It’s been a long day, and my challenge –to learn how to hula hoop at long last– was completely thwarted by the fact that the only hula hoop in the house, the one that I’ve tried and failed many times to hula with, was apparently constructed for a toddler.
When I went to research the art of hula hooping this morning, preparatory to mastering it, I immediately ran across a website run by a very stern woman who informed me that it’s essential to buy the right size hula hoop, and that “the kind of hula hoops you can buy at Target” are way too small. Oops.
Who knew that I was supposed to have a hula hoop that, when stood on its side, comes up above my belly button? Not me. And I didn’t feel like heading out and trying to procure a regulation-size hula hoop today.
So the dog and I have just returned from a long walk, during which I was determined to do something new. There was a trail of brightly-colored gummy worms all the way down Dupont Avenue, and I thought of photographing them, but that seemed lame.
I’m tired. Sometimes you just don’t want to do anything new, you know? Sometimes you just want to go lie on your couch and listen to music and try once again to get into Wolf Hall, the novel that everyone but you seems to have no problem not only getting into but understanding without a flow chart. Nay, not only understanding without a flow chart, but loving to obsession.
The dog and I were only a few blocks from home, getting ready to cross the street, when we saw a nun on the other side of Dupont about a block away. There was something about this nun that gave me the willies. I don’t have anything against nuns, nor against clowns for that matter (why does everyone hate clowns these days), but my radar went up.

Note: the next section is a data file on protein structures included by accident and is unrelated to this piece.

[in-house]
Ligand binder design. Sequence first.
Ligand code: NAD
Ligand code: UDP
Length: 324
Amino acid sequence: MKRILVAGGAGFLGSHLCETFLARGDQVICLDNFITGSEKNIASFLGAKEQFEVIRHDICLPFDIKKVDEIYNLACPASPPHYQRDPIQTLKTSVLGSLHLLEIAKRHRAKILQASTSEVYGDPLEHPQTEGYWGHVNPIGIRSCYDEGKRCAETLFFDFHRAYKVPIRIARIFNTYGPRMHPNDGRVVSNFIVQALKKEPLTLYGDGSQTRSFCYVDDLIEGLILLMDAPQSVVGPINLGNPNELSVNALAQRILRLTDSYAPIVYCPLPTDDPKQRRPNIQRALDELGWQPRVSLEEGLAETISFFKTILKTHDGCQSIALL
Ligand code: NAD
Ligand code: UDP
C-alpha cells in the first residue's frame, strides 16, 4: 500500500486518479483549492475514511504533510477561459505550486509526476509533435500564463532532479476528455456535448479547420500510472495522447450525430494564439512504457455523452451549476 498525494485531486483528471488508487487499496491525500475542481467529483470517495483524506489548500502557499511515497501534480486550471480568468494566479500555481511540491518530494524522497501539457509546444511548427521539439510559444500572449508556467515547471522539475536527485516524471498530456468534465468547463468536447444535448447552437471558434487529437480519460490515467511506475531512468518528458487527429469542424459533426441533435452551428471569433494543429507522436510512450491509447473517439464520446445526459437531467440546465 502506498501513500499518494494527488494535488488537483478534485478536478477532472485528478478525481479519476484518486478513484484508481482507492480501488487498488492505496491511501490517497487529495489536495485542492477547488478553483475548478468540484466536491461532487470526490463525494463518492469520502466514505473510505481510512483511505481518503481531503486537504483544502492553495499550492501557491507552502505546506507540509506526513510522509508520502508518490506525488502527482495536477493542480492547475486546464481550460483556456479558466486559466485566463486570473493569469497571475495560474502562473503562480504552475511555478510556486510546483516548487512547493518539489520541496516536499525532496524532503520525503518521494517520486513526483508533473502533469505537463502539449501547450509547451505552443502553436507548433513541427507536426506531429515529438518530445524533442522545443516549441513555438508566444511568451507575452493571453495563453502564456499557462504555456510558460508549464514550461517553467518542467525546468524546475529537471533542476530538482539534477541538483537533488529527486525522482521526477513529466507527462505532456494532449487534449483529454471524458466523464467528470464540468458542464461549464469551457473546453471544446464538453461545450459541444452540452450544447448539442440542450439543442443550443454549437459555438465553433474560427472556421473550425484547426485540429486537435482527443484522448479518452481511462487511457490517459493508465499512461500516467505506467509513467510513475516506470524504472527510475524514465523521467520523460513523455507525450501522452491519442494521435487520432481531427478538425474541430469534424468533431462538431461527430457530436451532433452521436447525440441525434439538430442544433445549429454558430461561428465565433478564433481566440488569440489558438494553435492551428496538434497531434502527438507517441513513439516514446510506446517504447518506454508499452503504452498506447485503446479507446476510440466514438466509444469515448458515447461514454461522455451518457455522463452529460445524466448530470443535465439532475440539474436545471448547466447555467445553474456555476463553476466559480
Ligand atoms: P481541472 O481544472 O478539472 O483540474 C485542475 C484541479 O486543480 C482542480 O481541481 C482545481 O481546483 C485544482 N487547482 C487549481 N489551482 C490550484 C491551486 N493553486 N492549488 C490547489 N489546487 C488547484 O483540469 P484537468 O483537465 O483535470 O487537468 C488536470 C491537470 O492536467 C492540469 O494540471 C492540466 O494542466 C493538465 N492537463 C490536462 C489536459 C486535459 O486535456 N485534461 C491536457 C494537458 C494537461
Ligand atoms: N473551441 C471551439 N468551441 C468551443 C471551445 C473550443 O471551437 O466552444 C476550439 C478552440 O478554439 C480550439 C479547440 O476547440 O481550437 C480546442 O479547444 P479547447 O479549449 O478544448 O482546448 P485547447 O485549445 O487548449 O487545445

As the nun got closer I saw that she wasn’t a nun. She was a woman with long black hair wearing a pitch-black, long, swirling cape-robe. It’s close to 90 degrees out, but there she was, walking down the street with a big black bag clutched to her side.
And I’m ashamed to admit this, but all I could think of was that movie theater in Aurora and that high school in Columbine, and the black-robed gunmen. I told myself not to be ridiculous, that my neighborhood is full of people who wear anything they want and that’s part of the reason why I love it.
But still, I stood there watching the woman in the swirling black robe. Crossing the street would have meant walking right past her.
I didn’t cross the street. I turned and walked in the other direction. And so far as I can remember, that’s the first time I’ve done something like that.